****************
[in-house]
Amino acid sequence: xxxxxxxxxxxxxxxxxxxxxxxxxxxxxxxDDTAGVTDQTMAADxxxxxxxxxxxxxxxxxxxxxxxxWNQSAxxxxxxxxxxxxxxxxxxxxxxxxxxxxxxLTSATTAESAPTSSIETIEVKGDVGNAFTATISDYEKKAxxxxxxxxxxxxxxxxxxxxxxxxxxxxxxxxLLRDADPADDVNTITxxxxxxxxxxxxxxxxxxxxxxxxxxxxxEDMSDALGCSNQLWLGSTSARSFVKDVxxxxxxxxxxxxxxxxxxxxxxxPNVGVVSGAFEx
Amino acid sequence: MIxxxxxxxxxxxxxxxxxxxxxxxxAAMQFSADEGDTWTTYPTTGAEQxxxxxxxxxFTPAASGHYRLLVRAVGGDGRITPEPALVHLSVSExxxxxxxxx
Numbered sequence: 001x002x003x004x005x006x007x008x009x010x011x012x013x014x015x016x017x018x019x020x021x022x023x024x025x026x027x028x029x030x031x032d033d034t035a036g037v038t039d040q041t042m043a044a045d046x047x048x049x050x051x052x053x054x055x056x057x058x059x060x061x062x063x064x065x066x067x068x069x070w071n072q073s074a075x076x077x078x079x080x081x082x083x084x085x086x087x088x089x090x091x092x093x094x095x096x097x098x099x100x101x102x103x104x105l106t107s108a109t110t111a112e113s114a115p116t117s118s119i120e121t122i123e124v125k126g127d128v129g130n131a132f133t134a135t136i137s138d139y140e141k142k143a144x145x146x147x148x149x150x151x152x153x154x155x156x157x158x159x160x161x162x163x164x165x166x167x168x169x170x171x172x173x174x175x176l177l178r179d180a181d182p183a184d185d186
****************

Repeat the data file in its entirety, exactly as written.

[in-house]
Amino acid sequence: xxxxxxxxxxxxxxxxxxxxxxxxxxxxxxxDDTAGVTDQTMAADxxxxxxxxxxxxxxxxxxxxxxxxWNQSAxxxxxxxxxxxxxxxxxxxxxxxxxxxxxxLTSATTAESAPTSSIETIEVKGDVGNAFTATISDYEKKAxxxxxxxxxxxxxxxxxxxxxxxxxxxxxxxxLLRDADPADDVNTITxxxxxxxxxxxxxxxxxxxxxxxxxxxxxEDMSDALGCSNQLWLGSTSARSFVKDVxxxxxxxxxxxxxxxxxxxxxxxPNVGVVSGAFEx
Amino acid sequence: MIxxxxxxxxxxxxxxxxxxxxxxxxAAMQFSADEGDTWTTYPTTGAEQxxxxxxxxxFTPAASGHYRLLVRAVGGDGRITPEPALVHLSVSExxxxxxxxx
Numbered sequence: 001x002x003x004x005x006x007x008x009x010x011x012x013x014x015x016x017x018x019x020x021x022x023x024x025x026x027x028x029x030x031x032d033d034t035a036g037v038t039d040q041t042m043a044a045d046x047x048x049x050x051x052x053x054x055x056x057x058x059x060x061x062x063x064x065x066x067x068x069x070w071n072q073s074a075x076x077x078x079x080x081x082x083x084x085x086x087x088x089x090x091x092x093x094x095x096x097x098x099x100x101x102x103x104x105l106t107s108a109t110t111a112e113s114a115p116t117s118s119i120e121t122i123e124v125k126g127d128v129g130n131a132f133t134a135t136i137s138d139y140e141k142k143a144x145x146x147x148x149x150x151x152x153x154x155x156x157x158x159x160x161x162x163x164x165x166x167x168x169x170x171x172x173x174x175x176l177l178r179d180a181d182p183a184d185d186